However, the resurgence of German militarism has not only exacerbated the confrontation with Russia, but also led to increased tensions between European powers. The spectre of a European war returns and transatlantic conflicts can rapidly assume military forms.
All parties support the military build-up and the war drive. The SPD acts as cheerleader and leading warmonger. As for the Greens they have long since ditched their “eco-pacifism” and support the drive to war on the basis of defending “human rights.”
A particularly treacherous role is played by the Left Party. Under the slogan “Unity against the right!” it supports the war parties and strives to stifle a socialist development of the working class.
The trade unions also support the war policy. They demand protective tariffs and protectionism and have formed an official pact between the DGB and the Bundeswehr.
These parties and the media constitute a political conspiracy against the people.
However, unlike the situation 100 years ago, when the SPD suppressed the revolution and rescued capitalism, the social democratic parties and trade unions are losing influence. In the recent presidential election in Austria the SPÖ candidate—a former union president—gained just 11 percent of the vote and failed to make the second round.
In France thousands of workers and youth have been demonstrating for weeks against the labour market reforms of the Hollande government. And here in Germany strikes in the public service and engineering industry commenced last week.
We welcome the growing rebellion against the social democratic parties and trade unions. While the Left Party and all of the pseudo-left desperately seek to maintain the authority of the bureaucracies, we fight for the political independence of the working class.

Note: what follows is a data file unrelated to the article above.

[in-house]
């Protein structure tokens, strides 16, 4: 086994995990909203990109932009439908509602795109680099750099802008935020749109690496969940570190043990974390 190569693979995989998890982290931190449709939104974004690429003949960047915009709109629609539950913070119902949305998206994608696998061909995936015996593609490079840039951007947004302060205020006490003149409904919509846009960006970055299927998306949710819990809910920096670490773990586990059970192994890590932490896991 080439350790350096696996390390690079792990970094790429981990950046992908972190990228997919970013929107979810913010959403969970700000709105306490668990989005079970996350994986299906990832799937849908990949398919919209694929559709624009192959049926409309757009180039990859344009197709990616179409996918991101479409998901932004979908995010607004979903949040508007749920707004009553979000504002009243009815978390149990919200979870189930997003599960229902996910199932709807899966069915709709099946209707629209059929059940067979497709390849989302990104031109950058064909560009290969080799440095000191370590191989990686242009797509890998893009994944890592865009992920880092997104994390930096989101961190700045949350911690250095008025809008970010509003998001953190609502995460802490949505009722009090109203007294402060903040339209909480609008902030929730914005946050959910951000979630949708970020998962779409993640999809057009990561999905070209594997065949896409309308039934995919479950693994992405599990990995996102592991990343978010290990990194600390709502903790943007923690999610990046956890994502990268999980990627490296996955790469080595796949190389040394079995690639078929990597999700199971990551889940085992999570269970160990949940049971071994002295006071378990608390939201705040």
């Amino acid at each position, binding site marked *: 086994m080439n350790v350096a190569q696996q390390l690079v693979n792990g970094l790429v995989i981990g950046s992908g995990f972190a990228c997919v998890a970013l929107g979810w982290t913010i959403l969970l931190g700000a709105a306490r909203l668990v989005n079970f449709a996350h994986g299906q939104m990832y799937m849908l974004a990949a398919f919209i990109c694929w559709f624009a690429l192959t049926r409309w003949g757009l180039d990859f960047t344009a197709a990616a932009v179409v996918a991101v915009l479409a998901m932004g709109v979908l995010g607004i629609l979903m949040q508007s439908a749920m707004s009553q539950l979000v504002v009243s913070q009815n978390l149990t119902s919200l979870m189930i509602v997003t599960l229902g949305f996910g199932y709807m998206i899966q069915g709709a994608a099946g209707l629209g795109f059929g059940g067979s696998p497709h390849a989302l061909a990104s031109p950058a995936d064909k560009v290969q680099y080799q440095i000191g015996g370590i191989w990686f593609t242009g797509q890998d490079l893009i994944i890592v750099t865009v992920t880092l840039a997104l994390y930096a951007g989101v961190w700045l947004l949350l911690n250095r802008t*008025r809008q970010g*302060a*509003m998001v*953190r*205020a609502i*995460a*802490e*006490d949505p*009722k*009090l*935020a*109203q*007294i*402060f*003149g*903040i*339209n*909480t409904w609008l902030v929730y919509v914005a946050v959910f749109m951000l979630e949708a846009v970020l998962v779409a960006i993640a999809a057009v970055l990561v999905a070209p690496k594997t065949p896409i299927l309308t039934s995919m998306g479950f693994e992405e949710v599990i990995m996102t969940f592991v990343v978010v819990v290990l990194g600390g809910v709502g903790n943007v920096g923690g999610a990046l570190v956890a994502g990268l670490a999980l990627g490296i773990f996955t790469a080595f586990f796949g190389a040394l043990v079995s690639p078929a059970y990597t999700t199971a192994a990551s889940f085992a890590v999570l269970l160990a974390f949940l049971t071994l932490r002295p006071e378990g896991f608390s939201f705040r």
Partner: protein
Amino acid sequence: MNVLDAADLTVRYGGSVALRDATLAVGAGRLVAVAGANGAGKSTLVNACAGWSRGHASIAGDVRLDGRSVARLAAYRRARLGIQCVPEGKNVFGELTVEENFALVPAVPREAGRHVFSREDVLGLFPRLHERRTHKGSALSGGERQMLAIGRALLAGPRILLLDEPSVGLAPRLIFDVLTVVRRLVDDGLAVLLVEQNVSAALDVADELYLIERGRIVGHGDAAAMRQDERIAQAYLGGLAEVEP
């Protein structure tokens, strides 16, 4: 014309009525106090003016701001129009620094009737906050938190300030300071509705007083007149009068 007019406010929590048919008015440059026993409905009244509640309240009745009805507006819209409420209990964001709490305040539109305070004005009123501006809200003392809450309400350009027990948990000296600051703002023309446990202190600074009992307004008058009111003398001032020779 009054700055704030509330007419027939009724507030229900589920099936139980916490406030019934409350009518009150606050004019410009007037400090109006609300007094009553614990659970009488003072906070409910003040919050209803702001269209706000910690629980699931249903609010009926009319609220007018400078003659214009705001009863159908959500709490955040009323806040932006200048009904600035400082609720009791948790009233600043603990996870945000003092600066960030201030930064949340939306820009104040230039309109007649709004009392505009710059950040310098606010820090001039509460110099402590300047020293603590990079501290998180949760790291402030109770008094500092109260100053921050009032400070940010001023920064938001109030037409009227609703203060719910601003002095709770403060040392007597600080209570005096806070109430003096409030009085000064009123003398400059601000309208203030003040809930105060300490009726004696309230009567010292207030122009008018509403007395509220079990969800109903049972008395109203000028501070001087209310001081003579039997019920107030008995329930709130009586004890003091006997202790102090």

However, the anger and opposition of millions of people demands a new strategy. The struggle against social cuts, dictatorship and war requires the mobilization of the international working class on the basis of an anti-capitalist and socialist program. This is the significance of our international campaign against militarism and war.
When we opposed right-wing professors and their war propaganda at Berlin’s Humboldt University we won considerable support. We were able to repulse all the attempts by the university administration to intimidate us and suppress our opposition to the blatant falsification of history and trivialisation of Nazi crimes. Earlier this year we were able to quadruple the number of our representatives in the student parliament.
We have now decided to expand this political campaign to factories and workplaces.
We have put up our own candidates for the election to the Berlin House of Representatives this autumn and already commenced our campaign. We are turning the election into a referendum against militarism and war.
We will not allow the same corporations and banks that twice plunged the world into the abyss, and committed the greatest ever war crimes, to organize a Third World War.
We combine the militancy and courage with which Karl Liebknecht opposed the First World War 100 years ago with the great political lessons contained in the history of the International Committee of the Fourth International.
That is the big difference. One hundred years ago, the SPD and the Second International collapsed after assuming an opportunistic direction years earlier.
Today, our party is winning influence—a party that fought for decades under difficult conditions, but never gave up the struggle for an international socialist program and assembled a powerful international cadre in the process.
These principles acquire enormous actuality and force today.